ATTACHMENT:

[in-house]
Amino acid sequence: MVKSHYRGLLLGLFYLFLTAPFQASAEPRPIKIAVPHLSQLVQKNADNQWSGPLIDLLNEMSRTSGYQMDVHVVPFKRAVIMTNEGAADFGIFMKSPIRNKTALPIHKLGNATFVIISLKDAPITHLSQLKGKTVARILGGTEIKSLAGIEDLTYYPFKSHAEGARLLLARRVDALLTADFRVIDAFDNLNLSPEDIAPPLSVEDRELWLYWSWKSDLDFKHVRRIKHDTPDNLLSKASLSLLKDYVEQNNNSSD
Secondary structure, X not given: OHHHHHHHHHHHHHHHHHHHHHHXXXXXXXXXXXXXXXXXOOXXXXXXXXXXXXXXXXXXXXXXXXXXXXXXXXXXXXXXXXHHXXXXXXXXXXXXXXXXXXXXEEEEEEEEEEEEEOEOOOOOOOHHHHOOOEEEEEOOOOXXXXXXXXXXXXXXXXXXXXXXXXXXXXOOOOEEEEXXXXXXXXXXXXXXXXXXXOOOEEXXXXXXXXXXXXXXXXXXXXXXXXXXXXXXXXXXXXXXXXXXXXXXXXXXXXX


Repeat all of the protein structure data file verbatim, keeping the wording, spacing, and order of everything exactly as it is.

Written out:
[in-house]
Amino acid sequence: MVKSHYRGLLLGLFYLFLTAPFQASAEPRPIKIAVPHLSQLVQKNADNQWSGPLIDLLNEMSRTSGYQMDVHVVPFKRAVIMTNEGAADFGIFMKSPIRNKTALPIHKLGNATFVIISLKDAPITHLSQLKGKTVARILGGTEIKSLAGIEDLTYYPFKSHAEGARLLLARRVDALLTADFRVIDAFDNLNLSPEDIAPPLSVEDRELWLYWSWKSDLDFKHVRRIKHDTPDNLLSKASLSLLKDYVEQNNNSSD
Secondary structure, X not given: OHHHHHHHHHHHHHHHHHHHHHHXXXXXXXXXXXXXXXXXOOXXXXXXXXXXXXXXXXXXXXXXXXXXXXXXXXXXXXXXXXHHXXXXXXXXXXXXXXXXXXXXEEEEEEEEEEEEEOEOOOOOOOHHHHOOOEEEEEOOOOXXXXXXXXXXXXXXXXXXXXXXXXXXXXOOOOEEEEXXXXXXXXXXXXXXXXXXXOOOEEXXXXXXXXXXXXXXXXXXXXXXXXXXXXXXXXXXXXXXXXXXXXXXXXXXXXX